The growth of barley on the same land for a series of years is an important question, which has for

several years past occupied the attention of Messrs. J. B. Lawes and Gilbert "Jour. Roy. Ag. So.” vol. xviii, p. 454).

They set apart for these peculiar trials, which commenced in 1852, about five acres of ground at Rothamsted, in Hertfordshire. These were divided into nearly square plots, of about one-fifth of an acre each. The land had grown clover in 1849, wheat in 1850, and barley dressed with sulphate of ammonia in 1851. It was, therefore, as the reporters remark, "in a somewhat exhausted condition, as far as the after-growth of grain was concerned, and it was hence in a suitable state for testing the effects of different manures on the barley crop." In these trials two plots, one at either of the experimental land, were left unmanured, and it is the mean result of these that is given in the subsequent little tables.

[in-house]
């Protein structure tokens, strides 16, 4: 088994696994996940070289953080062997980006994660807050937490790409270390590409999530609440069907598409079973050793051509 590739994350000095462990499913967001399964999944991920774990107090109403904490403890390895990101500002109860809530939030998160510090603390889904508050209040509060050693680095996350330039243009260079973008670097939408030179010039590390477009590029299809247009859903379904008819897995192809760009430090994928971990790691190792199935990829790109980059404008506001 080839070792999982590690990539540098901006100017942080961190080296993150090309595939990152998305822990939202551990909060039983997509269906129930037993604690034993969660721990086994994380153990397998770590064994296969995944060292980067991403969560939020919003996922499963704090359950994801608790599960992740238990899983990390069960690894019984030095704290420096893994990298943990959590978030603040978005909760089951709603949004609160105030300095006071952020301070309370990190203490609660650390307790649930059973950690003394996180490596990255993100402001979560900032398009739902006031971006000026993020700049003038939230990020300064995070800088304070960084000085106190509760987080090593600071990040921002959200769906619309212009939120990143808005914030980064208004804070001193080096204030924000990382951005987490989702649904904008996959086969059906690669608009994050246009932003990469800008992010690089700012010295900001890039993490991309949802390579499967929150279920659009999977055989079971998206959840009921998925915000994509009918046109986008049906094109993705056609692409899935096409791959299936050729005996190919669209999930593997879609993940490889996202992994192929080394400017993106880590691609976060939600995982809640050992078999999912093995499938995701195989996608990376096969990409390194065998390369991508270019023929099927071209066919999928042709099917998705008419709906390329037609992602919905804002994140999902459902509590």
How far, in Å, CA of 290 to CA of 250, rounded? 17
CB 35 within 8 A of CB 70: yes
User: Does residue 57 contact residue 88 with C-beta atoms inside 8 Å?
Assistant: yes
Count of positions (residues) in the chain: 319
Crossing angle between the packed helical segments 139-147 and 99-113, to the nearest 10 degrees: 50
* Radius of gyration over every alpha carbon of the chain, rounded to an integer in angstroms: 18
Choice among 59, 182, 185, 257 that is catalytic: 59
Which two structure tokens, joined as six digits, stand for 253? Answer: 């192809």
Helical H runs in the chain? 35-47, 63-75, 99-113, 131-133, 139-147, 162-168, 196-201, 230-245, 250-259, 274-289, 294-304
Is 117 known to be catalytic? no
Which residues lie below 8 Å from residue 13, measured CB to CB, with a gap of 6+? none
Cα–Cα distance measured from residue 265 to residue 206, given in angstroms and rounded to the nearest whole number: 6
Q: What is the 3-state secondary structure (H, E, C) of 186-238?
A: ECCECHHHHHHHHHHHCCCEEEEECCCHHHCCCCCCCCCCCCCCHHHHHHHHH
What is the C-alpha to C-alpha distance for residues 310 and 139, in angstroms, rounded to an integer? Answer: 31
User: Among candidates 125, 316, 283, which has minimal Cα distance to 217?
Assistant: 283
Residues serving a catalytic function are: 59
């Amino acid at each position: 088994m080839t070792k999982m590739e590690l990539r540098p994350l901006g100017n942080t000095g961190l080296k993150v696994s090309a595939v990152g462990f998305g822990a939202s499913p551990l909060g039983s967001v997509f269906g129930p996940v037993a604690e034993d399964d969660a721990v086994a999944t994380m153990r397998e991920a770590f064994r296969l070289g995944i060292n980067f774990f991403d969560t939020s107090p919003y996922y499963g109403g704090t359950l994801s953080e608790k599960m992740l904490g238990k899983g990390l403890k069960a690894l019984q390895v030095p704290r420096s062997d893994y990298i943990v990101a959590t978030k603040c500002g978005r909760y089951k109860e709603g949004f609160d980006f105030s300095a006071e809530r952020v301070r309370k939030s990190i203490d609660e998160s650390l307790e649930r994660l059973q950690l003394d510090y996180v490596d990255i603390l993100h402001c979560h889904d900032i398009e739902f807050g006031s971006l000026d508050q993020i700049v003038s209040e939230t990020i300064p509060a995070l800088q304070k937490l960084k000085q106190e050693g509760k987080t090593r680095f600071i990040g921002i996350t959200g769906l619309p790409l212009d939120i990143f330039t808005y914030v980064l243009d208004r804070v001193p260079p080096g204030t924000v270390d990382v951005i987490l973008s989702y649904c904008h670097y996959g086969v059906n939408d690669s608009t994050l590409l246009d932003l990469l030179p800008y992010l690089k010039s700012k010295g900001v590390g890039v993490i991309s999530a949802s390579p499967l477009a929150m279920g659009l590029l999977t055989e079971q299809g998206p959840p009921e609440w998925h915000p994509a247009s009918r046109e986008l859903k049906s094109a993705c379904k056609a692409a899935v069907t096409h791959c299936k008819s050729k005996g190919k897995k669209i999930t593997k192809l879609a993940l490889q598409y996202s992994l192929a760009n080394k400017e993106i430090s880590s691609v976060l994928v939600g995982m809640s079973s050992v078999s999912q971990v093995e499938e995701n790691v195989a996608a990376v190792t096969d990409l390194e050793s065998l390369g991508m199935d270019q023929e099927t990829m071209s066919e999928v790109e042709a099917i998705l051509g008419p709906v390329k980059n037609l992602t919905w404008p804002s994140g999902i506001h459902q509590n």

The farm-yard dung employed was from the open yard, and not from highly-fed animals. The "mixed alkalies" comprised per acre:

300 lbs. of sulphate of potash.
200 lbs. of sulphate of soda.
100 lbs. of sulphate of magnesia.

The superphosphate of lime was composed per

acre of